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Sep 28, 2023

Guantanamo Bay Judge Rules 9/​11 Capital Defendant Mentally Incompetent to Stand Trial

On September 21, 2023, a mil­i­tary judge in Guantanamo Bay ruled that Ramzi Bin al Shibh, one of five defen­dants in the 9/​11 case for whom the death penal­ty is being sought, is men­tal­ly incom­pe­tent to stand tri­al. Mr. Bin al Shibh, who has been detained for 21 years, will remain in cus­tody at Guantanamo as author­i­ties attempt to treat the post-trau­mat­ic stress dis­or­der caused when he was forced to under­go enhanced inter­ro­ga­tions” by the U.S. government.

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Sep 07, 2023

9/​11 Victims’ Family Members, Members of Congress Urge Biden Administration to Abandon Plea Negotiations with Guantanamo Detainees

Family mem­bers of some of the vic­tims of 9/​11 have asked the Biden Administration to aban­don cur­rent plea nego­ti­a­tions with Guantánamo detainees that would remove the pos­si­bil­i­ty of death sen­tences for the men accused of plan­ning the 9/​11 ter­ror attacks. Khalid Shaikh Mohammed and his four co-defen­dants have been held for more than twen­ty years, first at CIA black sites where they were sub­ject to enhanced inter­ro­ga­tion tech­niques” and then at Guantánamo, but none has pro­ceed­ed to tri­al. The request came after fam­i­ly mem­bers were noti­fied by the Pentagon on August…

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Sep 05, 2023

Sole Woman on Tennessee Death Row, Age 18 at Time of Crime, Raises New Appeal Based on Youthfulness

Attorneys for Christa Pike, the only woman on Tennessee’s death row, filed a motion on August 30 to re-open her appeals based on a recent deci­sion from the Tennessee Supreme Court. In 2022, the Court ruled in State v. Booker that manda­to­ry life sen­tences in homi­cide cas­es are uncon­sti­tu­tion­al when imposed on juve­niles, draw­ing on U.S. Supreme Court prece­dent that held that juve­niles are less mature, more vul­ner­a­ble to peer pres­sure, and gen­er­al­ly less cul­pa­ble than adults. Ms. Pike’s attor­neys argue that Bookers rea­son­ing applies to all youth­ful defen­dants, not…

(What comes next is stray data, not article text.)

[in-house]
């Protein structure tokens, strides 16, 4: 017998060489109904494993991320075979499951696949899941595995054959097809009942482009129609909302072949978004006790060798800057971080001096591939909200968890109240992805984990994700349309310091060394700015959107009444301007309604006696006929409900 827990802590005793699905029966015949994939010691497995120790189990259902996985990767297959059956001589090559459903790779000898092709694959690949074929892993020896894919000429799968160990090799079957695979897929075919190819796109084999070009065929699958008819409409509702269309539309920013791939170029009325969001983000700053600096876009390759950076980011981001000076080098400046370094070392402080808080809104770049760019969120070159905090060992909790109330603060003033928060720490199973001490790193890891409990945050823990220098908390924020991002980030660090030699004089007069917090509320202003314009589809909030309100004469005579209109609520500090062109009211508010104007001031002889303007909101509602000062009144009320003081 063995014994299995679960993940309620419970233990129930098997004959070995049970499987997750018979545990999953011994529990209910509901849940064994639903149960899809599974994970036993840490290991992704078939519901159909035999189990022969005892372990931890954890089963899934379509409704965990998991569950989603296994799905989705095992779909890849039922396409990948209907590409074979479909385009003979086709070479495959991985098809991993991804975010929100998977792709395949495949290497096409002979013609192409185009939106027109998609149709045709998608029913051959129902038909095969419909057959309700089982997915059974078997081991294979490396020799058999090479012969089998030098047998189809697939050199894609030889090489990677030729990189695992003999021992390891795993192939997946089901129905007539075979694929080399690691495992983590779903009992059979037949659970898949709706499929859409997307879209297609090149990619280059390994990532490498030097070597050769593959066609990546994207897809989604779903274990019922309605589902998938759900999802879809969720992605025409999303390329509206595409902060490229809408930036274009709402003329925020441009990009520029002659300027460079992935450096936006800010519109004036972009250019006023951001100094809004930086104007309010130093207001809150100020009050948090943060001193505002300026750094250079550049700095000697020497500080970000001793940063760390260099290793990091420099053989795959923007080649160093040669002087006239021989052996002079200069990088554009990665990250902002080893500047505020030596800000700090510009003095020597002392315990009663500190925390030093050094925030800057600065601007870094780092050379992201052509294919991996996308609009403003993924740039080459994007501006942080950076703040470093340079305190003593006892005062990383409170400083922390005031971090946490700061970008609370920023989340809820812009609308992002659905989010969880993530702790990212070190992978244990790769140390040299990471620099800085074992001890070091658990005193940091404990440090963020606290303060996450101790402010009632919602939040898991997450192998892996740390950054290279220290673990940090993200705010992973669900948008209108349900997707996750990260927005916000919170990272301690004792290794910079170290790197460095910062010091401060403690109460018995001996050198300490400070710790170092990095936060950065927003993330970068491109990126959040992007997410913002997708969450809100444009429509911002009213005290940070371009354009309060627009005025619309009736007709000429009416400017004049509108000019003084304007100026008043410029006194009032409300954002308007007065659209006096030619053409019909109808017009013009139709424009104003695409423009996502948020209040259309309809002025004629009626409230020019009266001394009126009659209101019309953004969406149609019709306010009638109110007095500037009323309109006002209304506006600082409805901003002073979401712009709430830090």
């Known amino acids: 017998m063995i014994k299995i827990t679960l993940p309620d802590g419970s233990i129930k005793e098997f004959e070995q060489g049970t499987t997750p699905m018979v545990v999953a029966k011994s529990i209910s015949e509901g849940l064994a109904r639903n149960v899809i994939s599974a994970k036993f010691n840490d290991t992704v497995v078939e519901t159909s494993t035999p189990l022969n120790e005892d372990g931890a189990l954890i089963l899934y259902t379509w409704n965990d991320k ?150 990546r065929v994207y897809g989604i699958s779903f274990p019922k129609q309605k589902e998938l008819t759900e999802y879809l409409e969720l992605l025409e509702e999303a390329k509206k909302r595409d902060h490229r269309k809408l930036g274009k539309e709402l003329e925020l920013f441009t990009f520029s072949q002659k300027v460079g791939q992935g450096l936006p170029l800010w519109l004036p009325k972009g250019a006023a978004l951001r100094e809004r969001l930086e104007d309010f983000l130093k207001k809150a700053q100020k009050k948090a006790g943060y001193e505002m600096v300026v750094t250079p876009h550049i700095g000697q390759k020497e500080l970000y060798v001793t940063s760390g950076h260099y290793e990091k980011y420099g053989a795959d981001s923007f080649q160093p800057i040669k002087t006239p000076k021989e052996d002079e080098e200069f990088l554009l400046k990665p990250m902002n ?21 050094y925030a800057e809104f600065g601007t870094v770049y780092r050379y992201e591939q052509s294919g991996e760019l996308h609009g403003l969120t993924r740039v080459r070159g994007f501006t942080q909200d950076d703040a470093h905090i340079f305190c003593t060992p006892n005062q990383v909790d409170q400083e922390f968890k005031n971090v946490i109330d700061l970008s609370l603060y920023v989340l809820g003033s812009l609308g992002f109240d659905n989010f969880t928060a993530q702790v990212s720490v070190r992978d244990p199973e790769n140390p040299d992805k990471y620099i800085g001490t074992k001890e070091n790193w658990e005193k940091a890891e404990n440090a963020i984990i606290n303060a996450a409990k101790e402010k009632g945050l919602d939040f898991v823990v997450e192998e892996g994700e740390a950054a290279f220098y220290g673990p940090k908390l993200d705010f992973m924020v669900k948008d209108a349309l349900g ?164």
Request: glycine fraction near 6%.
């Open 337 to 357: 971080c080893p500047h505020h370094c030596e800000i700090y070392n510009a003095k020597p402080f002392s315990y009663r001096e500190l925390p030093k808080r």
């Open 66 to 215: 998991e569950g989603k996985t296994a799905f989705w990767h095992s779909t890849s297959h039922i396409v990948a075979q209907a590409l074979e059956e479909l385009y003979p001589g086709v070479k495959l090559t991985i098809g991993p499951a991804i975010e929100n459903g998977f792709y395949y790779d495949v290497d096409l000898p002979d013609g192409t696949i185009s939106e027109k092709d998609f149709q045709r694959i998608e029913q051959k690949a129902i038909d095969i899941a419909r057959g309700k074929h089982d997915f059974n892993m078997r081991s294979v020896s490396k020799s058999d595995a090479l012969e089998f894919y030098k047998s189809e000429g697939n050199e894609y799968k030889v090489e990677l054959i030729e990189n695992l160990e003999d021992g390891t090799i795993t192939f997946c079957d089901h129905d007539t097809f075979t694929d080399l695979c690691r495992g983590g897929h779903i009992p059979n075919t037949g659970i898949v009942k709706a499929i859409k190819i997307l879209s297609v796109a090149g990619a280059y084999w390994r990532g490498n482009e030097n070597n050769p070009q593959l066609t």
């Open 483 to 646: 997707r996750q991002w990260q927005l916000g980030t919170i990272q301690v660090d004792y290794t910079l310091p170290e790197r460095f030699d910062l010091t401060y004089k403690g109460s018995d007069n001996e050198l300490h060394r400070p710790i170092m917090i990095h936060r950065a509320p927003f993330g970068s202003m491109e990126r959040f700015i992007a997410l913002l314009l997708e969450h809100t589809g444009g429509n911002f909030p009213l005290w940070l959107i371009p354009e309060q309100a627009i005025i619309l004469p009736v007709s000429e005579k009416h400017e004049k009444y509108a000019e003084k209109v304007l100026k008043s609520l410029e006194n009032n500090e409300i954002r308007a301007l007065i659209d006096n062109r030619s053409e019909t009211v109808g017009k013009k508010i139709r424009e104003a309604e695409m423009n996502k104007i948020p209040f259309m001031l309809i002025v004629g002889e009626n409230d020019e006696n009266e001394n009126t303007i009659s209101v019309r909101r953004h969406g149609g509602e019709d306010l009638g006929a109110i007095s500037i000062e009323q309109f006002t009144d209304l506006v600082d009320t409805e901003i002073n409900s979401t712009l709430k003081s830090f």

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Aug 15, 2023

Charles Ogletree, Death Penalty Scholar and Criminal Defense Advocate, Dies at 70

Charles Ogletree, Jr., a pas­sion­ate advo­cate for racial and crim­i­nal jus­tice, died on August 4, 2023, after a long ill­ness. As a tenured pro­fes­sor at Harvard University, Professor Ogletree spoke and wrote often about the death penal­ty and men­tored many stu­dents, includ­ing both Barack and Michelle Obama. In a 2014 Washington Post op-ed, he crit­i­cized the use of the death penal­ty in the United States, par­tic­u­lar­ly for peo­ple with severe men­tal ill­ness, brain impair­ments, or who suf­fer from the effects of severe trau­ma. He not­ed that bar­ring the death penalty…

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Aug 01, 2023

8th Circuit Lift Stay of Execution for Death-Sentenced Missouri Prisoner with Schizophrenia

On July 29, 2023, the 8th Circuit Court of Appeals lift­ed a tem­po­rary stay of exe­cu­tion that had been issued for Johnny Johnson, a death-sen­tenced pris­on­er in Missouri. Mr. Johnson’s attor­neys allege that he is insane and there­fore inel­i­gi­ble for exe­cu­tion. Barring a last-minute stay from the U.S. Supreme Court, Mr. Johnson will be exe­cut­ed by lethal injec­tion on August 1, 2023, for the 2002 killing of 6‑year-old Casey Williamson.

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Jul 28, 2023

Louisiana Pardon Board Declines to Consider 56 Death Row Clemency Petitions Without Merits Review

On July 24, 2023, the Louisiana Board of Pardons and Parole set aside all 56 clemen­cy appli­ca­tions filed by near­ly every death-sen­tenced pris­on­er in Louisiana last month with­out review­ing the mer­its of a sin­gle one of them. The pris­on­ers asked for their sen­tences to be com­mut­ed to life with­out parole, but the Board made its deci­sion to return the appli­ca­tions based on an advi­so­ry, non­bind­ing opin­ion from the Louisiana Attorney General Jeff Landry. Attorneys for death row pris­on­ers have respond­ed by argu­ing that the Attorney General’s office mis­in­ter­pret­ed the language…

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Jul 24, 2023

Florida Man with Severe Mental Illness Waives Appeals, Faces August 3rd Execution Date

A week after Governor Ron DeSantis sched­uled his exe­cu­tion, Florida death-sen­tenced pris­on­er James Barnes (pic­tured) dis­charged his lawyers and waived his appeals. His exe­cu­tion will now pro­ceed on August 3, 2023. Since February 23, 2023, Florida has exe­cut­ed four pris­on­ers. Mr. Barnes will be the fifth pris­on­er exe­cut­ed by Florida this year and the tenth vol­un­teer executed.